Back to the Axios article--there are dubious conclusions drawn from the data that are out of context at best. If you follow me on LinkedIn, much of the below commentary is the subject of one of my recent posts.

1. "Safety-net providers bought a record $53.7 billion worth of medicines" under the 340B program, "a 22% jump over 2021..."

This implies that the 340B discount grew by 22%, which is false. This is simply the total net cost of all drugs purchased under 340B via wholesalers. The discount compared to usual cost is the important part.

Coverage on this topic notes that 22% is larger than the growth in drug price inflation. True, but out of context. The real rate of drug price inflation depends on which figure you want to use. If we mean net price including all rebates, that is a highly misleading figure. Pharmacies (including those in the 340B program) can't buy at that price, and patients don't see that price at the counter. Additionally, as those rebates grow, it potentially sets a new best price, which drives an even lower 340B ceiling price. So if manufacturers and pundits want to complain that 340B "grew" even though drug price net of rebates grew less, they're being disingenuous. Every time a manufacturer goes deeper on rebates (to be fair, not always their idea--thanks PBMs), they push the 340B price lower too.

Note that this number excludes products not routed through a wholesaler. Manufacturer direct purchases anecdotally include some very high cost drugs, and we have no visibility to how much that may have changed from year to year.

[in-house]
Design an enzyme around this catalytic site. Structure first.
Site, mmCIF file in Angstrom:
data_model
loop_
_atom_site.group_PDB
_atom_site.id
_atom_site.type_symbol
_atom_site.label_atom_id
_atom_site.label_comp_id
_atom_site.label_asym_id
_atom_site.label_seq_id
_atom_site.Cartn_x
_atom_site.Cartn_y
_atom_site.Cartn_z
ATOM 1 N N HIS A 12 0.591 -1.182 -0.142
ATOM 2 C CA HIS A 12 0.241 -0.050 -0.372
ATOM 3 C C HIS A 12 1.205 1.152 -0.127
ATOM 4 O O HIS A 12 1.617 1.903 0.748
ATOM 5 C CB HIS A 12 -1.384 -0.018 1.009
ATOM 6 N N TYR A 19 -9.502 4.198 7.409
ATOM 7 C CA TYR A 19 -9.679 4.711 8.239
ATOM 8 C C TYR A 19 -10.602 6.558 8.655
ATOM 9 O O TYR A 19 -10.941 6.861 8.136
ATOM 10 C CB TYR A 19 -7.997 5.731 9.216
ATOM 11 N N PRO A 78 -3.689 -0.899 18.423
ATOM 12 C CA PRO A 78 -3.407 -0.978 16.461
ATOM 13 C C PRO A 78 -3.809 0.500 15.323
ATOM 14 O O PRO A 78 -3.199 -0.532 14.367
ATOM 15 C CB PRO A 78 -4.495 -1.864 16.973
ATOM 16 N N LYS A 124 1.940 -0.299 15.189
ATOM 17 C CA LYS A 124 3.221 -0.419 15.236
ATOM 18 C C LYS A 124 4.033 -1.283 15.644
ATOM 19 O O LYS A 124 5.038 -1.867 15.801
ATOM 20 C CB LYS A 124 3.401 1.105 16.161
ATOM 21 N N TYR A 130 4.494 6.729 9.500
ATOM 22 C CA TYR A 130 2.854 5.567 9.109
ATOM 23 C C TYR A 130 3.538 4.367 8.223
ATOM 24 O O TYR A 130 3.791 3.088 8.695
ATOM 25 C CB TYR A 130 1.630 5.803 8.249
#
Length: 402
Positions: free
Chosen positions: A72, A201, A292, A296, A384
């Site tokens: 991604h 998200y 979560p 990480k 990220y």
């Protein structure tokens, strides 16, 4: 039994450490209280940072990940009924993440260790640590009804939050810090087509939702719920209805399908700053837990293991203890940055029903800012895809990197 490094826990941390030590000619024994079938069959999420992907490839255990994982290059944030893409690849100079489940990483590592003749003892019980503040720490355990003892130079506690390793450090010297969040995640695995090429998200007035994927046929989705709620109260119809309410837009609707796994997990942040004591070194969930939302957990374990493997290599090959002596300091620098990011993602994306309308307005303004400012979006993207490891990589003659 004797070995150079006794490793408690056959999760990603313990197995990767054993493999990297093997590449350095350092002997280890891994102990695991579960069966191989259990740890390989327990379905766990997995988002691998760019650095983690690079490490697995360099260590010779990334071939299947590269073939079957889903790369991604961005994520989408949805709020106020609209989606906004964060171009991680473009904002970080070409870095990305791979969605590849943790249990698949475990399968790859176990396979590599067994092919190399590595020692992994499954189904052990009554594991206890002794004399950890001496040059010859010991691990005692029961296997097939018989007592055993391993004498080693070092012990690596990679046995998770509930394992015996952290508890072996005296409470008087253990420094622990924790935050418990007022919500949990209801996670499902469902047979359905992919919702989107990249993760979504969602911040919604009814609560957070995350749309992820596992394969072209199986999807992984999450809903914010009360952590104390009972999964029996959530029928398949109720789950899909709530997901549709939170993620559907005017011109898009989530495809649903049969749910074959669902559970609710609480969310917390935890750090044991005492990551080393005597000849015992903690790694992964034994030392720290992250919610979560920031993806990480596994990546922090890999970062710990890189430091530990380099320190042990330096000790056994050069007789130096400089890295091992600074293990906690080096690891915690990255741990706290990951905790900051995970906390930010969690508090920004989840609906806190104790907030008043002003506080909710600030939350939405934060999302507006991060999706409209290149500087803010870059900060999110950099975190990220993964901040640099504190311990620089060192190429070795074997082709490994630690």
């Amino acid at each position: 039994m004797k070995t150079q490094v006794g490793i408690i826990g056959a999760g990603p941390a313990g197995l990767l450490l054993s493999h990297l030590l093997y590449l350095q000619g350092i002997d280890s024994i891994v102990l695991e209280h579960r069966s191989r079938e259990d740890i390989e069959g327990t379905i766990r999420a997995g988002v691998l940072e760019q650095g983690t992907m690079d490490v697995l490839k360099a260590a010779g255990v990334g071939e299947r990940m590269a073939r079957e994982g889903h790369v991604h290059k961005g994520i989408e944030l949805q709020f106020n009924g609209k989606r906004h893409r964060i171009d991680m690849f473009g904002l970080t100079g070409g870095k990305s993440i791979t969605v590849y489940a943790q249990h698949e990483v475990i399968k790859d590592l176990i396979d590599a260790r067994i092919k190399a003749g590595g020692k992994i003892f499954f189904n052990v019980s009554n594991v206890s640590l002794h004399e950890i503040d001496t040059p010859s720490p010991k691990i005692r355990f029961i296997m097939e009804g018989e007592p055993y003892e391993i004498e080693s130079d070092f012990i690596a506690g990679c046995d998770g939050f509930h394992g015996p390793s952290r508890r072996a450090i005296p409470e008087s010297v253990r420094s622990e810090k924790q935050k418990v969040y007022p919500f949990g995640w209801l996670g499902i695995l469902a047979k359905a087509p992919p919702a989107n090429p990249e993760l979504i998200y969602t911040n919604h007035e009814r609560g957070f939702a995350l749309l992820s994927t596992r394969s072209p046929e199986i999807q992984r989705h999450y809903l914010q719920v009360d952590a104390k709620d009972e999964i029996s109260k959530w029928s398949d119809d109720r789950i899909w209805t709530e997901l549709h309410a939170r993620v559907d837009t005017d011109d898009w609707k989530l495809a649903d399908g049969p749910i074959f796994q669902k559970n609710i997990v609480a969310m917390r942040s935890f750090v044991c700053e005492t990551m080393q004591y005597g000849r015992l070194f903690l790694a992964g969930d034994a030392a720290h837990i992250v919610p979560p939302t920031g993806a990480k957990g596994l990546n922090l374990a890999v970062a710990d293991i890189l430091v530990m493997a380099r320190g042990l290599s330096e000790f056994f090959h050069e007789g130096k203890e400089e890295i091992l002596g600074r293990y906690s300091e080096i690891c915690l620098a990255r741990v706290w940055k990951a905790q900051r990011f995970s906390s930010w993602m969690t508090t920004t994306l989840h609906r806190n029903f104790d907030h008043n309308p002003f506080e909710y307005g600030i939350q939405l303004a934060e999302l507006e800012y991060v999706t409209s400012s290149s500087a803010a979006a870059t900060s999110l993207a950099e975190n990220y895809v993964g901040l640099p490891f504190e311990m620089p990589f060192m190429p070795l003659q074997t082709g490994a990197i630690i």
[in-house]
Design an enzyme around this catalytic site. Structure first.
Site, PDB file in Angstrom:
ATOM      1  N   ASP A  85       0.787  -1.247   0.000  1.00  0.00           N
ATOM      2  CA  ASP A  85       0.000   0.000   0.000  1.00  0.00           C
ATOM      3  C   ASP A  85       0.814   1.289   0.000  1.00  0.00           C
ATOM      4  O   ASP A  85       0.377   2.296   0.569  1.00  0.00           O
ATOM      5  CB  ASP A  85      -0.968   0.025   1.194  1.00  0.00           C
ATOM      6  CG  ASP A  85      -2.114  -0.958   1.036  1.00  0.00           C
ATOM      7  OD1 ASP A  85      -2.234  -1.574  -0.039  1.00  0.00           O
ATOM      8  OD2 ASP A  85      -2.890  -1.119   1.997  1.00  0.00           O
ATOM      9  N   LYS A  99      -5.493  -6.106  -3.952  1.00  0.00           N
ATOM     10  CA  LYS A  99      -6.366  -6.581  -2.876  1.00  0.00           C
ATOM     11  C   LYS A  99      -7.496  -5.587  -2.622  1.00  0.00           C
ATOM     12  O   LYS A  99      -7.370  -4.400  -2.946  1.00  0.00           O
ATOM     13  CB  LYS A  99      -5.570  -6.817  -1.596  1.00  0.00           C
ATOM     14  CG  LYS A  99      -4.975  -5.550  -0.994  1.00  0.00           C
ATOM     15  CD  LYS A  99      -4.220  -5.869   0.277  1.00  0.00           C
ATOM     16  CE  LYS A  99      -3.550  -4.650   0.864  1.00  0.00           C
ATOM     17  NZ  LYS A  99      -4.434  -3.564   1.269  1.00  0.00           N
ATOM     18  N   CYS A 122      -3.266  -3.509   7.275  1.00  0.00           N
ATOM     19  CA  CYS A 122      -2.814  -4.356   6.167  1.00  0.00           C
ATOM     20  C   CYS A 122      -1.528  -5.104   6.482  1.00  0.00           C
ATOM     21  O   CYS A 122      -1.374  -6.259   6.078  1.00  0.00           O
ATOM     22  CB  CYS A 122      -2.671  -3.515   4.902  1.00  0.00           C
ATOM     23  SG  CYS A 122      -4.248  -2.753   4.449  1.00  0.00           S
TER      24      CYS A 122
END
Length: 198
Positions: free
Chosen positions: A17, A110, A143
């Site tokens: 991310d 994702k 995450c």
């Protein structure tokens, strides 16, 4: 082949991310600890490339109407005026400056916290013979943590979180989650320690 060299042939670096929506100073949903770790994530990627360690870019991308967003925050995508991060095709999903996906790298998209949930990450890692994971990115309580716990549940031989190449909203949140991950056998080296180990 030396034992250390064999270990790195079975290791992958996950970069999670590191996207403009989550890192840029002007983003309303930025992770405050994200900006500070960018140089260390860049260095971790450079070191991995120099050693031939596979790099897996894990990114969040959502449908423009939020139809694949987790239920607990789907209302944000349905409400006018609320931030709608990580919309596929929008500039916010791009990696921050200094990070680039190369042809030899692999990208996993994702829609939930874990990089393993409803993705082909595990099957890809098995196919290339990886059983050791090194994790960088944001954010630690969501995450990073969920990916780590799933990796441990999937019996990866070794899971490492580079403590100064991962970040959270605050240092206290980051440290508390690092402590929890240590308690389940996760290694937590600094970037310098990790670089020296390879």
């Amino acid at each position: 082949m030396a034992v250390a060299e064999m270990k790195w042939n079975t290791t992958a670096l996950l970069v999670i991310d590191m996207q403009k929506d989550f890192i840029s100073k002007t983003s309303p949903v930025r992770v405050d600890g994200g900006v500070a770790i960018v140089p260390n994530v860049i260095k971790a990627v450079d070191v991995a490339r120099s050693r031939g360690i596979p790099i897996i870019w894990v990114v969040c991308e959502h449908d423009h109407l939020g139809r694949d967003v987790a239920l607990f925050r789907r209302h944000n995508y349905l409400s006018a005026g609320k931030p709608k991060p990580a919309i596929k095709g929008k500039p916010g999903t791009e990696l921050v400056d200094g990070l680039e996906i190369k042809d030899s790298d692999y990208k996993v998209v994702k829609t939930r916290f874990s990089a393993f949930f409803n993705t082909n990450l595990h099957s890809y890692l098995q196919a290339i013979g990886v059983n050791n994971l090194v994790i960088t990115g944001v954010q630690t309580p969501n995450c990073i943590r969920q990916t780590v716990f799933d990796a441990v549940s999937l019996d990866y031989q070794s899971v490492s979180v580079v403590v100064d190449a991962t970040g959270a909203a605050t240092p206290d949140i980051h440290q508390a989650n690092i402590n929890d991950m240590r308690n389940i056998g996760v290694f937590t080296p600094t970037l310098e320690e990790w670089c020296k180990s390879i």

So did the actual value of the program leap by 22% in a single year? Absolutely not.

2. "The difference between list prices and discounted 340B purchases also grew $2.6 billion, to $52.3 billion."

OK, this number is more representative of what people are probably thinking of when we talk about 340B growth. If you follow the links in the article, this data isn't represented visually and the growth percentage isn't calculated. The previous year, the true 340B value, calculated as the difference between list price and 340B price, was $49.7B. So the ACTUAL growth in 340B program value was 5.2%. That's a far cry from the out of context 22% growth claim leading the article.

3. Let's keep in mind 1 huge key difference between 2021 and 2022--drug manufacturer restrictions and 340B ESP. By 2021 there were many restrictions in place, and many covered entities had yet to analyze the legalities of participating in data sharing under 340B ESP. By 2022, many were begrudgingly participating, and had gotten some of their contract pharmacy value back. You can see in the data that growth slowed a bit in 2021, and picked up again in 2022. Growth in 340B ESP data sharing could easily explain this.

4. Let's not downplay the growth in list prices--Purchases at 340B pricing grew by $9.8B, but list prices grew by $12.4B over the same timeframe.